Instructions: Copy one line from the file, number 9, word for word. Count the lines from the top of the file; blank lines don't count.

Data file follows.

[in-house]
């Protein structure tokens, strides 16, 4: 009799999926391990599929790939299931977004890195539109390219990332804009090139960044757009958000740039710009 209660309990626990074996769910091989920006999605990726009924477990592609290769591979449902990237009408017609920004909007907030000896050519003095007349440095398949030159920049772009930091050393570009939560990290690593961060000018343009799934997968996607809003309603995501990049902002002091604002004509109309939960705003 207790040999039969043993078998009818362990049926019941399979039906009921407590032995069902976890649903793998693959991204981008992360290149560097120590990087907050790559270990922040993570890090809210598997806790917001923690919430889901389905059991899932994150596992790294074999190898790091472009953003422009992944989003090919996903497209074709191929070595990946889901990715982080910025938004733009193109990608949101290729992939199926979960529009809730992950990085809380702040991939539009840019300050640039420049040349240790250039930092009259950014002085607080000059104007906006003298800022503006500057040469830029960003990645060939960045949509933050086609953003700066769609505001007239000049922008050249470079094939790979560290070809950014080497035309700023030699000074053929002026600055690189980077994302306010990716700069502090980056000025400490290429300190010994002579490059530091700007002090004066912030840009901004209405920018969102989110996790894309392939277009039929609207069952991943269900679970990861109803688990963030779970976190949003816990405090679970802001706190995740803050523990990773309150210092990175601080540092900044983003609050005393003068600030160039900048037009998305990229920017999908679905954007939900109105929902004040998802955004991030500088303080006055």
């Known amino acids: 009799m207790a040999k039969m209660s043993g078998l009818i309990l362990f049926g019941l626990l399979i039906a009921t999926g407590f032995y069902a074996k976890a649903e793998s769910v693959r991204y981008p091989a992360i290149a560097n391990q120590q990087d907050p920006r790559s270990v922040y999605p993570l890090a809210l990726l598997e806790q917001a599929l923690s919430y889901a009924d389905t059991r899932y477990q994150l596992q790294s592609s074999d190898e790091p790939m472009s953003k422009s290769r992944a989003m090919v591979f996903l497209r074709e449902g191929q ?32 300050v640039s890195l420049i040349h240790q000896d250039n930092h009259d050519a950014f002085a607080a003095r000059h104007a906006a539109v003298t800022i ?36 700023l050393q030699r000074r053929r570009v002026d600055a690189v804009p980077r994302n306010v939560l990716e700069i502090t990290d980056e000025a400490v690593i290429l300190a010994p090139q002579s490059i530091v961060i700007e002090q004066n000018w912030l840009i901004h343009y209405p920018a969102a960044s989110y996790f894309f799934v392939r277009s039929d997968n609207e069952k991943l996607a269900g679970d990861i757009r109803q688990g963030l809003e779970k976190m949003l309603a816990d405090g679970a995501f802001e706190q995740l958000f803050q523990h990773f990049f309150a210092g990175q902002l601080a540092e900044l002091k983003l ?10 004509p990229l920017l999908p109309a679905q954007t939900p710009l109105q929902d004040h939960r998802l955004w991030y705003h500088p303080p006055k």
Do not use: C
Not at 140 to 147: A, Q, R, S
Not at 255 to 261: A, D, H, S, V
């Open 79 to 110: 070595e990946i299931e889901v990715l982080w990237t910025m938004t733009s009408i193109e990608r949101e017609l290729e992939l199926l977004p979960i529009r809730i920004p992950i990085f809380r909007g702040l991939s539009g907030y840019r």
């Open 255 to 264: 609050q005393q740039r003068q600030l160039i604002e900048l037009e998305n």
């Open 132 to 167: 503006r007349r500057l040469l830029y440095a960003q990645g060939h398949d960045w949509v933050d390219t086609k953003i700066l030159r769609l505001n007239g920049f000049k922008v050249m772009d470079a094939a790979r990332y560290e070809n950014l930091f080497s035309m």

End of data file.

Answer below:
């Open 132 to 167: 503006r007349r500057l040469l830029y440095a960003q990645g060939h398949d960045w949509v933050d390219t086609k953003i700066l030159r769609l505001n007239g920049f000049k922008v050249m772009d470079a094939a790979r990332y560290e070809n950014l930091f080497s035309m």